From there, we went over to see Michael and Laura Allred, who also had quite a crowd assembled, and engaged in a good conversation. A little later, we attended a panel spotlighting the works of this fabulous couple on books such as the long-running Madman and the new Silver Surfer. As an aside, and not to sound like Joan Rivers, but a very cool fashion choice by Mr. Allred, who was sporting a kilt for that first day! (On Sunday, I’d return and ask the Allreds sign my promo poster for Matt Fraction’s FF,  which will proudly hang in “The Archives” next to a poster of the Jack Kirby cover to Fantastic Four #1.)

FF_1_Cover allreds

We then made our way to Steve’s  interview with the charming and talented Jenny Frison, the main cover artist for Red Sonja, RSV2-01-Cov-Frisonwhich was great luck for me as I had her sign the TPB collection that I just picked up–I’m claiming double bonus points for that! Next was the Allreds spotlight, and we hung through into the “Marvel’s Next Big Thing” event, from which Steve tweeted the news items you may have seen. although he didn’t tell you about the possible “Squirrel Girl, Hercules, Ghost Rider and The Creep; they could be the new FF” rumor started by Peter David! After some very quick rounds, I headed back for a discussion entitled “Re-imagining the Female Hero” with Emanuela Lupacchino, Jenny Frison, Amy Reeder (Rocket Girl), Gail Simone, and Marguerite Bennett, the writer of the fabulous Lois Lane one-shot. that was my “Book of the Week” on its release. The panelists had many interesting points to make on their favorite characters past and present, and in the ways that industry can marginalize some super-heroines due to the tie-in nature of characters such as Supergirl. There was also a very humorous but telling anecdote about a similar panel that also featured Amanda Conner which became a dissertation amongst the female artists about the proper way to display a super-heroine’s “attributes”!

We then proceeded to our interview with Ms.Simone, who had found a crowd awaiting her nearly as long as the morning’s! With un-needed apologies to us, and a grand “the show must go on” feeling, Scott and Gail worked the line like maestre, and we snuck in our chat without unduly affecting those who were so patient. (Brava to our hosts!) After some more shopping (my lips are sealed!), we left the show, had a quick nosh of some spectacular grilled cheese sandwiches from the booth of Mrs. D’s Kitchen in Greeley Square, and headed home. (Leaving the train at our station, this was the conductor’s announcement: “This is Ronkonkoma, the final stop. Have a nice evening everyone, and please get home safely. To the person who threw up in Car #6, thanks for nothing.”  Awesome!)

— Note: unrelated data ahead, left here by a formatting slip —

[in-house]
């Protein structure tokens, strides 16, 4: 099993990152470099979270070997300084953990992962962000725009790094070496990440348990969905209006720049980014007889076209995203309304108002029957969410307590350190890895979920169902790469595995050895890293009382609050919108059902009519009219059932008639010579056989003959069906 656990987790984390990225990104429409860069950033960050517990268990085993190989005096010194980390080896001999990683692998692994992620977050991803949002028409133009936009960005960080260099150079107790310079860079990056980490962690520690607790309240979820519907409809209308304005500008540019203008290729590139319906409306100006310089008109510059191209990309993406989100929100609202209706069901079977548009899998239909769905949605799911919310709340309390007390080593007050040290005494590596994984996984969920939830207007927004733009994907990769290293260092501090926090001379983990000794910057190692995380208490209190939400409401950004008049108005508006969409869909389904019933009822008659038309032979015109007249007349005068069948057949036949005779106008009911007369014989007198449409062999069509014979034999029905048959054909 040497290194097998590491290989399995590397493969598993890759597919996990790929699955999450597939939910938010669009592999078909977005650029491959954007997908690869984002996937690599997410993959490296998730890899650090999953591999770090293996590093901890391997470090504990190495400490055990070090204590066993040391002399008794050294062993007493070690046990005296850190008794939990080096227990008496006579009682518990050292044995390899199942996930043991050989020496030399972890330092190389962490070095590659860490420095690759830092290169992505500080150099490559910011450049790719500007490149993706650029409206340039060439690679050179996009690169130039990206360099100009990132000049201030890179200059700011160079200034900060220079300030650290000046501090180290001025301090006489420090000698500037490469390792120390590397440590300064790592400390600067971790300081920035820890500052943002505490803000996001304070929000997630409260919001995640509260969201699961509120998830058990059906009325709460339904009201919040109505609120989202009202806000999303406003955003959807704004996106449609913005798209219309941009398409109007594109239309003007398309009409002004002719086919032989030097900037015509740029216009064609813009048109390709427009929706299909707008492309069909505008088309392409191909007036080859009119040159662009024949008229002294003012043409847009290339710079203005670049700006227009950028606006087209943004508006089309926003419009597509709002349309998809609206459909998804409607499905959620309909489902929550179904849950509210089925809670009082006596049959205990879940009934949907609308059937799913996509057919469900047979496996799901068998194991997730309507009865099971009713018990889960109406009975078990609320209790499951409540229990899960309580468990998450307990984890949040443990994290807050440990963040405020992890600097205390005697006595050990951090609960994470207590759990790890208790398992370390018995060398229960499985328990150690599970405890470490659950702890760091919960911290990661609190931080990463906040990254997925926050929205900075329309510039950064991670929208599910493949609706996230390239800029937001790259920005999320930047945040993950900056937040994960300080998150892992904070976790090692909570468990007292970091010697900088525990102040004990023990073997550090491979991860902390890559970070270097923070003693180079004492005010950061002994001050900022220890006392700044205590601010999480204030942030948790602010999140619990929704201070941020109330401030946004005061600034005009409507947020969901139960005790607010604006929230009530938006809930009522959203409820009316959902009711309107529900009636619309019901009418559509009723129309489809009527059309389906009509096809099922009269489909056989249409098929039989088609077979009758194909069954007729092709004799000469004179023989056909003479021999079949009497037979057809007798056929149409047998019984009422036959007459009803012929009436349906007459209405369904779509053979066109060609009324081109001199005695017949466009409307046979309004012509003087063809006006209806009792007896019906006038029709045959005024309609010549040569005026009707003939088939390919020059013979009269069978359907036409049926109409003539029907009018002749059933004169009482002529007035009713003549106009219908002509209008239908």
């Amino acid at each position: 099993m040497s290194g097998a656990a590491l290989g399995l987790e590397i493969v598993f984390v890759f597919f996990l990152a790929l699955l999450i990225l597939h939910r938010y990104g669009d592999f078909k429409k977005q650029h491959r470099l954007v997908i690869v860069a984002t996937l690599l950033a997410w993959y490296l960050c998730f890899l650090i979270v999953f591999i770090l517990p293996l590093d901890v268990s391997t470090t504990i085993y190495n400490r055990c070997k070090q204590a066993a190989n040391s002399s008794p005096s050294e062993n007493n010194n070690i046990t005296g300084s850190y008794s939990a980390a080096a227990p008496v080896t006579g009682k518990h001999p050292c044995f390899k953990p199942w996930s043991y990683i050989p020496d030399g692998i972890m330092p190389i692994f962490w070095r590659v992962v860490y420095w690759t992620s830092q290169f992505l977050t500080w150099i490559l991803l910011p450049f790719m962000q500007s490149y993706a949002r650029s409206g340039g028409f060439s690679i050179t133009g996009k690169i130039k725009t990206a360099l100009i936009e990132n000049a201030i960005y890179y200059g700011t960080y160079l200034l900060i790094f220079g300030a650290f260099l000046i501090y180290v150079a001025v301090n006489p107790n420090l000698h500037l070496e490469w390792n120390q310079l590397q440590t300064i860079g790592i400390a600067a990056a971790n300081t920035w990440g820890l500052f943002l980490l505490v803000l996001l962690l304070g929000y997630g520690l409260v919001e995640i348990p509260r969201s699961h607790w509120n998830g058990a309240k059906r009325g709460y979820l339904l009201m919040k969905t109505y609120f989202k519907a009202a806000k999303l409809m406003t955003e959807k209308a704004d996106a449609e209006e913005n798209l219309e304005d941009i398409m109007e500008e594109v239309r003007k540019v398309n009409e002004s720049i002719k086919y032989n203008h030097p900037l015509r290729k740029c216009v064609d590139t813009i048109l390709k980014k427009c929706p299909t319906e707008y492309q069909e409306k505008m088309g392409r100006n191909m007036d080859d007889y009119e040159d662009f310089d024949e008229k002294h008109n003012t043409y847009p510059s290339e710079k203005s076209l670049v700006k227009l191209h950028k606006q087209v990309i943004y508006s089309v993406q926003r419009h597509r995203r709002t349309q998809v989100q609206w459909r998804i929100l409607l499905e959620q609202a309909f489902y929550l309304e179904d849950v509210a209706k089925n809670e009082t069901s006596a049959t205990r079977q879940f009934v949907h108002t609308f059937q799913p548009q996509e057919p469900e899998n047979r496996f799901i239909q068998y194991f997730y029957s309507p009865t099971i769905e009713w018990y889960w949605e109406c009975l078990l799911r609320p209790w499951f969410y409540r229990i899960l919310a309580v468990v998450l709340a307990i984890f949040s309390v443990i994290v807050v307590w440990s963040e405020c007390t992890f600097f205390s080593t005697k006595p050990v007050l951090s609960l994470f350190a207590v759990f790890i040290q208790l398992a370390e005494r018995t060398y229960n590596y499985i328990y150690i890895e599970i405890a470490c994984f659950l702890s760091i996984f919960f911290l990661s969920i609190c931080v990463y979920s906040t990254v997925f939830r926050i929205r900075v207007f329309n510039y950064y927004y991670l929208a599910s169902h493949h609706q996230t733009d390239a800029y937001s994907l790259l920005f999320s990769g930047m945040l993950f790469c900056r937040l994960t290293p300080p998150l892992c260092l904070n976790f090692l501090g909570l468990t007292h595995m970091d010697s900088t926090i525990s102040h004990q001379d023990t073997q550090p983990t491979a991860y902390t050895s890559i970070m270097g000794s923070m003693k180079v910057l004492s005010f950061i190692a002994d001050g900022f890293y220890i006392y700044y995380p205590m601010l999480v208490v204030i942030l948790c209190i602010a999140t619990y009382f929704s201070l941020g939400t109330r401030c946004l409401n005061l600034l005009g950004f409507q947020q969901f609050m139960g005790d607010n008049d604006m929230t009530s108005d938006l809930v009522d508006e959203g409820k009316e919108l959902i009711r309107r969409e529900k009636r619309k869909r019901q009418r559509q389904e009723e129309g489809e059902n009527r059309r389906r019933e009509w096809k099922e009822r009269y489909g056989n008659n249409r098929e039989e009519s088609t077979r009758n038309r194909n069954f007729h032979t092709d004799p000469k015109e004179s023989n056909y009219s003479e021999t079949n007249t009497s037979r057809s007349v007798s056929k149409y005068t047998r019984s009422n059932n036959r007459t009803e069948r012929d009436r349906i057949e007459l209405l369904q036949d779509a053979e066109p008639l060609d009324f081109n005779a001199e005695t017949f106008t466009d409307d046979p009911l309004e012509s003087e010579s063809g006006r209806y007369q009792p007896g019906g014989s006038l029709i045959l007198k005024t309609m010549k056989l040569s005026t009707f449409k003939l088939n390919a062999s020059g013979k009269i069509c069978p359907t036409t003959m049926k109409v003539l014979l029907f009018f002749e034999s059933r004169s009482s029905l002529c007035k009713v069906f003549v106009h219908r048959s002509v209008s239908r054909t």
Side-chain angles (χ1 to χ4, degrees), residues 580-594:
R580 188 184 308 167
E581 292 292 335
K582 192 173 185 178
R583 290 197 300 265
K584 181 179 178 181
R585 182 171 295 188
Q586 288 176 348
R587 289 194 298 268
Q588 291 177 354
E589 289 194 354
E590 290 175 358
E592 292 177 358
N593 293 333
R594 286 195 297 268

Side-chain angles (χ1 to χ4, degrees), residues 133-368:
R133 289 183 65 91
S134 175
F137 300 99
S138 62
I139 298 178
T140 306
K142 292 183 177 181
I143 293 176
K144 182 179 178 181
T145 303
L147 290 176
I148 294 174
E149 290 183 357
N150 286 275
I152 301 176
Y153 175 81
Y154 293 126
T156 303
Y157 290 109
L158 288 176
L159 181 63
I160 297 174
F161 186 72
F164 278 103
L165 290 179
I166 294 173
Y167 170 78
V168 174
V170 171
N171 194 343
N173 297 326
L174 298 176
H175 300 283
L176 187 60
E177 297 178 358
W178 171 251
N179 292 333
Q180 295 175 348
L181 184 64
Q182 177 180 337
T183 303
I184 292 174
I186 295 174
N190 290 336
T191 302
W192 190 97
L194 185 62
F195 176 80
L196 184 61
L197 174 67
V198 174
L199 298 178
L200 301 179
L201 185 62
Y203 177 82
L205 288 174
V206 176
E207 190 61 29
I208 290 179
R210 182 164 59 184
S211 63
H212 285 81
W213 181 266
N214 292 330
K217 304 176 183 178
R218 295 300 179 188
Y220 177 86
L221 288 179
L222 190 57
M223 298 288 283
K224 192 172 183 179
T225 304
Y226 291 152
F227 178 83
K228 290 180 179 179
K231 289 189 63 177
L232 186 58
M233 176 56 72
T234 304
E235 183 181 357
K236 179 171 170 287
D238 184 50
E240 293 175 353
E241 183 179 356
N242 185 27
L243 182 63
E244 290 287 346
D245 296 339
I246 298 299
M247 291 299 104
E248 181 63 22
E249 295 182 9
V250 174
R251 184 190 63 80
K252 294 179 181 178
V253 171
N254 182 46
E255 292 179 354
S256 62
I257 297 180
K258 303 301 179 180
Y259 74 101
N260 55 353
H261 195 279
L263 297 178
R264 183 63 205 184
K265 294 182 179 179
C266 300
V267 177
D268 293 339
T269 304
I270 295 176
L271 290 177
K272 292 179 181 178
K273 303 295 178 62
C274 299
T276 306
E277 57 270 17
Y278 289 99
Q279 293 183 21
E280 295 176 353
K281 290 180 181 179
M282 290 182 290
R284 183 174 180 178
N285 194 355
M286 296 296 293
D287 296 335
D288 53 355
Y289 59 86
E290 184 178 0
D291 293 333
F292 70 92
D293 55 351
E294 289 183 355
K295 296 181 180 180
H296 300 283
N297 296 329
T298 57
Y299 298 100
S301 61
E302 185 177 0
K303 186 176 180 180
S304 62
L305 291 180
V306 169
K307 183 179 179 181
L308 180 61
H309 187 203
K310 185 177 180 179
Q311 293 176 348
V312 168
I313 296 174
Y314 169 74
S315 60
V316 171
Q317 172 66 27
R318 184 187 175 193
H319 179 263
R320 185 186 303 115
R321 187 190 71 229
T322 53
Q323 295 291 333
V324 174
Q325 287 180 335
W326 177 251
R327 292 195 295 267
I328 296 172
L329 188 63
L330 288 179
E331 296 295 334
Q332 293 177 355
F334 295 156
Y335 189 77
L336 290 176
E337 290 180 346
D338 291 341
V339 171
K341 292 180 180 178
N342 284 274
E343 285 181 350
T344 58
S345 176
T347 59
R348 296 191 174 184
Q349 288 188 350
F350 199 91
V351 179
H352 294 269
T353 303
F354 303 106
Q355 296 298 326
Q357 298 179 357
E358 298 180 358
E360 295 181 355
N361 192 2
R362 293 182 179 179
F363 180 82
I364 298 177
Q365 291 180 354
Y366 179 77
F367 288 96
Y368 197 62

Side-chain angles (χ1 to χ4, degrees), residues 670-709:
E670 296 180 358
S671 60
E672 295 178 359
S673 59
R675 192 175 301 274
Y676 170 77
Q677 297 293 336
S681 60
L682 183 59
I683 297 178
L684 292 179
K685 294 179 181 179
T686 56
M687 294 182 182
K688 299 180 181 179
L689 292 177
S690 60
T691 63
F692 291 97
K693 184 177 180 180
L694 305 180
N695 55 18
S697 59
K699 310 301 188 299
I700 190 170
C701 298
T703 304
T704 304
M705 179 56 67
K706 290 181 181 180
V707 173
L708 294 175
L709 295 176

Sunday early would be my time to look for book deals and check in with some creators such as Kevin Maguire (Worlds’ Finest —when I was loving it!),  Amy Reeder and Brandon Montclare (hope you’re feeling better Amy!), and Peter David (X-Factor has some cool things coming up, I’m told!). I then was able to meet for the first time Geof Darrow, the artist behind Big Guy & Rusty the Boy Robot, who not only signed my copy, but sketched a great monster for me while we discussed dinosaurs, Godzilla, and old “creature features” such as Beast from 20,000 Fathoms and Gorgo. I then met up with my friend and Talking Comics contributor Carolyn Cocca, and we ambled off to attend a “Batman 75th Anniversary” panel featuring Gail Simone, James Tynion IV, Greg Pak, and Francis Manapul. Topics ranged from “Favorite Moments” from the comics and films, discussions about the new “Gotham” TV show and the on-stage creators up-coming story-lines, and then audience questions, two of which back-to-back drew some nice laughs, thanks to the responses of DC marketing VP John Cunningham: